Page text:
As I mentioned in my post on an Austrian Christmas, I attempted to make Gluehwine and Austrian Christmas cookies. The Austrian cookies came out decent, the Gluehwine, not so much.

Given the Gluehwine recipe was so simple I thought it’d be easy.

1 Bottle of quality red win
1 Cup of water
1 Lemon
1 Orange cubed and placed in the pot
1 Cinnamon stick
3 Cloves

Bring all to a boil and serve.

I’m not sure what I did wrong, but something just wasn’t right. Neither myself nor my boss found this to be drinkable, let alone enjoyable… it tasted as if it needed some sugar, perhaps, to counteract the lemon juice.

Then on to the cookies, Vanilla Crescents:

1 cup (225 grams) unsalted butter
1/2 cup (115 grams) vanilla sugar, plus extra for dusting
2 large eggs
1/2 tsp vanilla extract
1 cup (170 grams) ground almonds
2 cups (220 grams) all-purpose flour

In a large bowl, beat butter and sugar together. Add the eggs and vanilla until incorporated. Add the ground almonds and flour. Beat until soft and smooth.

Roll dough into a large ball, cover with plastic wrap, and refrigerate for about 1 hour.

Preheat oven to 400F (200 C) and line a standard baking sheet with parchment paper.

Remove dough from fridge. Cut dough into 1 cm wide pieces, roll and form crescents.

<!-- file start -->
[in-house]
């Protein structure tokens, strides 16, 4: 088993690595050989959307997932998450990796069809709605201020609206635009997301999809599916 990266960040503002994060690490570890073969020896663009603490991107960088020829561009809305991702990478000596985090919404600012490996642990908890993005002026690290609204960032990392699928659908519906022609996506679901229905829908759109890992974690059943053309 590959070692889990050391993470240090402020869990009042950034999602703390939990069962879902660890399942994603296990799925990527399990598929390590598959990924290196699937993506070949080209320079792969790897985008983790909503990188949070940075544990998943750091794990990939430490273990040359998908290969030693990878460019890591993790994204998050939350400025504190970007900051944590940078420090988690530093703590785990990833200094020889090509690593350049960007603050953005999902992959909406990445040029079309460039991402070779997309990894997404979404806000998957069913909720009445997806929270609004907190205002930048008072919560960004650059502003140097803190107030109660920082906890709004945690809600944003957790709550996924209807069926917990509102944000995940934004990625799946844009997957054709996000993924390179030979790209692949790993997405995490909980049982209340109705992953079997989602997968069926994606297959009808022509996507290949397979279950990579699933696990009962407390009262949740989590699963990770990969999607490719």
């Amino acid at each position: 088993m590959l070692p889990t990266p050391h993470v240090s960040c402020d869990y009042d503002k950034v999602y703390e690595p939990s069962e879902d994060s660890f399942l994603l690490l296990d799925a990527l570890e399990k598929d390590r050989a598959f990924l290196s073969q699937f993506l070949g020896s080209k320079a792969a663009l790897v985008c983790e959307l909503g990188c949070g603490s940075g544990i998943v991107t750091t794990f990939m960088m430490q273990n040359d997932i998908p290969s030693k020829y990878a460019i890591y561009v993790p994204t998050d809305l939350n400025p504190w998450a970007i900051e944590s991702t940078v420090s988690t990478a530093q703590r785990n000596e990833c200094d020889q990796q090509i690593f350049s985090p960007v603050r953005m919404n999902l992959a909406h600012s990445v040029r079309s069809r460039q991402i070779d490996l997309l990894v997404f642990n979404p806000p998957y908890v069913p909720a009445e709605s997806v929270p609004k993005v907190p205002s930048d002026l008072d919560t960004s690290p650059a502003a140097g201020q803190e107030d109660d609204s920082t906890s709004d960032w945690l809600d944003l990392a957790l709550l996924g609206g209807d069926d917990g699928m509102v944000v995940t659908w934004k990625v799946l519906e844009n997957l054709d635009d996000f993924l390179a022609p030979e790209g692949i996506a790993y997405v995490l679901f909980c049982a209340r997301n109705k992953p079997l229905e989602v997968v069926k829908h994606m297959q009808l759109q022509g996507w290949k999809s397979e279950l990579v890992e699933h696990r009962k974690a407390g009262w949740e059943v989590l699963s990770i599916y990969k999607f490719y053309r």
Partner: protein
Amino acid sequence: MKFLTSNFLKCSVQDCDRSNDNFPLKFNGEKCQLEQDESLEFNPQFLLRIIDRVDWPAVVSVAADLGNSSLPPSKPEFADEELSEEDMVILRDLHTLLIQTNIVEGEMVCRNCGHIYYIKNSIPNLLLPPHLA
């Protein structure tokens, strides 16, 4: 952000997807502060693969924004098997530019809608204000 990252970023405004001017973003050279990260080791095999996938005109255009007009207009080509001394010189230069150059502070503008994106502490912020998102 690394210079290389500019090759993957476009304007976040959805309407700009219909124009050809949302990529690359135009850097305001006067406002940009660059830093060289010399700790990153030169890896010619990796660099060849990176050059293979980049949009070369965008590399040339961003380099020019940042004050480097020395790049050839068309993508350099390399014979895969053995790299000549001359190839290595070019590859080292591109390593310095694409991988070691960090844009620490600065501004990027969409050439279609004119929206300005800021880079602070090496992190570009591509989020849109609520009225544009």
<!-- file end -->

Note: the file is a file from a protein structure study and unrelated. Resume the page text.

Bake cookies for about 10 -12 minutes or until light brown on the bottom. Immediately remove to a rack to cool for 5 minutes.

While cookies are still warm, sprinkle vanilla sugar on top. Cool cookies completely on a rack.

The one issue I ran in to was the fact the sugar was labeled “vanilla sugar.” What in the world is vanilla sugar? I’ve heard of table sugar and granulated sugar and confectionery sugar and BROWN sugar… but no vanilla sugar. So I guessed. I picked up a bag or confectionery sugar and hoped for the best.

I must admit that I don’t think that’s what the recipe was talking about because the cookies resembled that of donuts as they were sizzling in the oven (or perhaps that was the two sticks of butter.) In the end, they did come out pretty well, no complaints from the several people that tried them.

Overall I think this proved one thing: I am not a master chef. However, while I did not get the opportunity to participate in a real Austrian Christmas, it was nice to try the traditional wine and food of the country with which I’ve become so involved recently.